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• Travel and airport personnel jaywalking • Concern is specific
sects, not religion in general
Travel and airport personnel jaywalking
Today when dropping off my wife at Hawaiian Air I saw two men in red aloha shirts stroll across the roadway, even stopping to chat with friends. I realize that working at the airport and wearing a type of uniform gives a sense of relaxed entitlement. These were just two friendly local guys who meant no harm or disrespect.
Unfortunately, tourists may view this as a license to jaywalk whenever they feel like. Often there is a perception that their sense of entitlement stems from their particular cultural background. Carelessly stepping in front of an approaching vehicle, forcing it to stop, tends to anger local people and fosters anti-tourist sentiments. This is especially true if they don’t acknowledge the driver’s existence with the local customary wave.
It is more distressing to see our local people, especially the younger ones, adopt the same entitlement attitudes. This decline in the Aloha Spirit is expanding.
On the way to Hanalei, stopping at a bridge to let the other side proceed was always acknowledged with a wave or friendly “thank you” toot of a horn. As these polite customs pass by the wayside we lose a vital part of ourselves.
I hope we pass on these considerate values to our children. As examples, those who are involved in the tourist industry are our first line of education for newcomers. As we practice these customs, even most tourists eventually “get it.”
Leroy Wadahara, Lihu‘e
Concern is specific sects, not religion in general
In his Nov. 14 letter, Mr.. Beeksma refers to the separation of church and state as practiced by Thomas Jefferson in an effort to clarify Dr. Richman’s letter of Nov. 12.
Based on my participation as vice chair in the discussion by the Interfaith Roundtable of Kaua‘i leading to the Nov. 12 letter, I offer further clarification by asking “What would TJ do on Kaua‘i?”
Mr.. Beeksma points out that TJ wrote a letter using the term “separation of church and state” and then attended a Christian worship service led by a chaplain in the U.S. Capitol building two days later. I assume Mr. Beeksma is not suggesting that if TJ were here, he would expect to attend a Christian worship service in the County Building, even if the county had a chaplain.
Rather, TJ would expect a multi-faith service more along the lines of the one held at the Pentagon on the National Day of Prayer earlier this year. He would expect a fair and wide representation of the faith communities of our citizens today, just as the worship service he attended was widely representative of the Protestant sects of the vast majority of citizens at that time. Native Americans and Africans with different beliefs were not citizens. Jews and Catholics were citizens, but still not included. TJ would certainly understand that we are more inclusive now. Even women might officiate!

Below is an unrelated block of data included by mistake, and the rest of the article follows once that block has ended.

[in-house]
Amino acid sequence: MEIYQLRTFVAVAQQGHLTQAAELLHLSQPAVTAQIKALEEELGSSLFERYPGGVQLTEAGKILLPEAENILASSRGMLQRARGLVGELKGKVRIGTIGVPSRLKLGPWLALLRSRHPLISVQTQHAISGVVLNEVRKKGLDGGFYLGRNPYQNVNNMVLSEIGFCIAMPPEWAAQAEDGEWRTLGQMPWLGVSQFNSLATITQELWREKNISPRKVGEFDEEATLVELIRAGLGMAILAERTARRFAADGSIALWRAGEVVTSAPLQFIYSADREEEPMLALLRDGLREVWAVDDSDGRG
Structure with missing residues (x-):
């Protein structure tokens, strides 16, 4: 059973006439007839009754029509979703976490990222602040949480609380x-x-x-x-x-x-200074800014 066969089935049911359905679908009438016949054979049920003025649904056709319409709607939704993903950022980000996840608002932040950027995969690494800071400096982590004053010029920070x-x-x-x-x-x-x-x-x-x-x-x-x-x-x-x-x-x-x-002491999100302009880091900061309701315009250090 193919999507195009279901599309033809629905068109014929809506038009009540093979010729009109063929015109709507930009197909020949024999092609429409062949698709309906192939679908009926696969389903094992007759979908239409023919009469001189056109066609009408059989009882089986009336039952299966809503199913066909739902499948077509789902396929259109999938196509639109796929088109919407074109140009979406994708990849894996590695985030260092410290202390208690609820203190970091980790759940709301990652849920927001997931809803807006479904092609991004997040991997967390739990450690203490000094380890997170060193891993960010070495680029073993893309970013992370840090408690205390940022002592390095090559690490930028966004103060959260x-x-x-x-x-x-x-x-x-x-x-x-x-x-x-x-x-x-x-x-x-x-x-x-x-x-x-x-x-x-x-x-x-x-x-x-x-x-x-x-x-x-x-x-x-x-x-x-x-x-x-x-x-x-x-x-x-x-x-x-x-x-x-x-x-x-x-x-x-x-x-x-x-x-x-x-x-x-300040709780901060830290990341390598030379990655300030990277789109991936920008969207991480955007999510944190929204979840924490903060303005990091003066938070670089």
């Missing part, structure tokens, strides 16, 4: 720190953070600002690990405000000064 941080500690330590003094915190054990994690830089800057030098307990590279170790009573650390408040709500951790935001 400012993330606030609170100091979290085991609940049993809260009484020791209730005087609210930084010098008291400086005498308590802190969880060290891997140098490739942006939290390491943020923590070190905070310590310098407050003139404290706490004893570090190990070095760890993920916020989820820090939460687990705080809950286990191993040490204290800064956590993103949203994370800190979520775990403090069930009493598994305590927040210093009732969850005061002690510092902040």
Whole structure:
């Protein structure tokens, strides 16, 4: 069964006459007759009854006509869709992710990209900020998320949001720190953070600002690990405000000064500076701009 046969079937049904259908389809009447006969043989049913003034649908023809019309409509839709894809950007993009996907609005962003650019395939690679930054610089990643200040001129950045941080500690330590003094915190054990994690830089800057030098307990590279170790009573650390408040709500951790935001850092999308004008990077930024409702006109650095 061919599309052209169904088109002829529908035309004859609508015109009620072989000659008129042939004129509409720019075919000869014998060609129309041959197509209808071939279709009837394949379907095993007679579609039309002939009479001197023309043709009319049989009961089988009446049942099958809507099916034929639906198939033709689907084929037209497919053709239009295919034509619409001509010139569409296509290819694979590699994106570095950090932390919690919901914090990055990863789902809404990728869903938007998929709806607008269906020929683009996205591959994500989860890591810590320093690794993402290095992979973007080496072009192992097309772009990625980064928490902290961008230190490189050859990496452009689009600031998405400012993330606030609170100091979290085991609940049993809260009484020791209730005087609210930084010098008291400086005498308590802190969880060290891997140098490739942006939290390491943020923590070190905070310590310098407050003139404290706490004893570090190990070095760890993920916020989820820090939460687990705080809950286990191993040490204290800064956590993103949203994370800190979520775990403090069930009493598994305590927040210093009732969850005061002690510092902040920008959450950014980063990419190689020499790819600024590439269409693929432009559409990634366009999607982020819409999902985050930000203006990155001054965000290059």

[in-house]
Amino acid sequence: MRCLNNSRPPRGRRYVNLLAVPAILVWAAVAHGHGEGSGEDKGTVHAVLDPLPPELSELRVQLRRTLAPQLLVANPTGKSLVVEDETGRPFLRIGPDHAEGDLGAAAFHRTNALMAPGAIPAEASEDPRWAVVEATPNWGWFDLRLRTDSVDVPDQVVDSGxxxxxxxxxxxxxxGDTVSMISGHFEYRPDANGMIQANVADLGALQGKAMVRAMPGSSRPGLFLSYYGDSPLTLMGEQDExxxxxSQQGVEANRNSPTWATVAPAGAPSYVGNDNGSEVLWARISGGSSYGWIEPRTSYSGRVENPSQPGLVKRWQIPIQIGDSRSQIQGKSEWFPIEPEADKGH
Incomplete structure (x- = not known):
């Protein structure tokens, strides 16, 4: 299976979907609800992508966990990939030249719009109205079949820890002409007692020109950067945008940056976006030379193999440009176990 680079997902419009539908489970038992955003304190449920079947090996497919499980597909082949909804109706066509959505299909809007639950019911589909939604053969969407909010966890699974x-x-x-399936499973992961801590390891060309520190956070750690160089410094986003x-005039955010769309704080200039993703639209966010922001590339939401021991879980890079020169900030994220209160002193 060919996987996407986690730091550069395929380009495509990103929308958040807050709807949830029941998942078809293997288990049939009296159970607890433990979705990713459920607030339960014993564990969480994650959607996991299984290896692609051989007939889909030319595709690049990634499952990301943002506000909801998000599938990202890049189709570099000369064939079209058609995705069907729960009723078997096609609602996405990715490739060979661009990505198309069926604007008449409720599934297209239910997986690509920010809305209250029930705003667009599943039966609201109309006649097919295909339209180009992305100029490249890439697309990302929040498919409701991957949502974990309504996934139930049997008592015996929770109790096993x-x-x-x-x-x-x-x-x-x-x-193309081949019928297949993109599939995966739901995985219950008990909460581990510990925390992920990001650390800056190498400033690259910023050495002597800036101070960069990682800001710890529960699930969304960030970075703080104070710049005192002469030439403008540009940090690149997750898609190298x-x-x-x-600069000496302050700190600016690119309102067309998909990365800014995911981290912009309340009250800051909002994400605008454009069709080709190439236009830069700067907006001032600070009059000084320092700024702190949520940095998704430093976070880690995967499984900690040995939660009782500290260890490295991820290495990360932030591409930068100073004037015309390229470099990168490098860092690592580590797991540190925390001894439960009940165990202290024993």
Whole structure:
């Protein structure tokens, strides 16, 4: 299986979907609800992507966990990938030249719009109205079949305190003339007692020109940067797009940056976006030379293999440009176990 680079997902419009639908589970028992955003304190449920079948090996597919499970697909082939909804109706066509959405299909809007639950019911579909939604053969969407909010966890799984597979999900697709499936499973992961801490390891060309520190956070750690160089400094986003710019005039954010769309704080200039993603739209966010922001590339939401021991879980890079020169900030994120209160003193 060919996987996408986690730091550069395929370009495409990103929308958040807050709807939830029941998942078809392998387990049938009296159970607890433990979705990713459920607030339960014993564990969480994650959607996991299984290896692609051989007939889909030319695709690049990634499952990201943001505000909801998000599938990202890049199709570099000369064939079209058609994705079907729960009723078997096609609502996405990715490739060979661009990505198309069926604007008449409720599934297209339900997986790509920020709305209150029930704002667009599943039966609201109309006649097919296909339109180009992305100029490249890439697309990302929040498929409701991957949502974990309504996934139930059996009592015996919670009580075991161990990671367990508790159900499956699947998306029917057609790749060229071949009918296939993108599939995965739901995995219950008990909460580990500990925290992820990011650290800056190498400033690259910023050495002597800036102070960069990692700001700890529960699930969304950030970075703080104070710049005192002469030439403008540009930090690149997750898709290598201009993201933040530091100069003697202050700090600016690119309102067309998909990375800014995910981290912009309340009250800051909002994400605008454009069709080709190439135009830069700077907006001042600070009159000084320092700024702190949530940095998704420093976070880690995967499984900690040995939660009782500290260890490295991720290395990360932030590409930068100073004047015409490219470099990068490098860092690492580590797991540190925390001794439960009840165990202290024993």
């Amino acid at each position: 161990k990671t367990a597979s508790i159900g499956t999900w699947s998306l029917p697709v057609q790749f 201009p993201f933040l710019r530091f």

TJ would still find familiar Christian sects at a worship service at the County Building, but also some new to him. In addition he might also find Native Hawaiians, Bahais, Buddhists, Hindus, Jews, Muslims, and others. The core principle of inclusive, or at least wide, representation remains the same now as it did at the U.S. Capitol then, although the practice of it is different. As Mr. Beeksma states, “we must refer to the real Jefferson, not some make-believe version of Jefferson.”
Overall, Mr. Beeksma appears to have misunderstood the Roundtable as using the word “religion” in a very broad sense. Mr. Beeksma will doubtless be happy to learn, therefore, that we are in fundamental agreement when he says, in the broad sense, “it is impossible to entirely separate religion and politics.” I would add it is not even desirable to do so.
Neither does the Roundtable “pretend that belief systems have no effect on political preferences.” And we wholeheartedly do our best to live up to Mr. Beeksma’s admonishment “to be respectful of people of different religious perspectives and also be appreciative of the good values and wisdom that different religious traditions can offer to our community.”
The separation of church and state refers to religion narrowly in the sense of organized sects, not religion in general. It is in this context and with this narrower understanding that the Roundtable unanimously decided to write in support of Bishop Okano and Alton Miyamoto’s letter of Oct. 30.
Perhaps if we had inserted “organized” in the quote Mr. Beeksma opened his letter with, he would have better understood that the Roundtable’s concern is with any particular sect that acts in ways that are not “consistent with the principles on which this nation was founded.”
Examples here on Kaua‘i of concern to both TJ and us are sects that attempt to exclude others from the public square, violate campaign laws, or seek preferential treatment from government agencies.
The views expressed are mine and not necessarily those of the Roundtable or its members.
Jonathan Cender, Koloa
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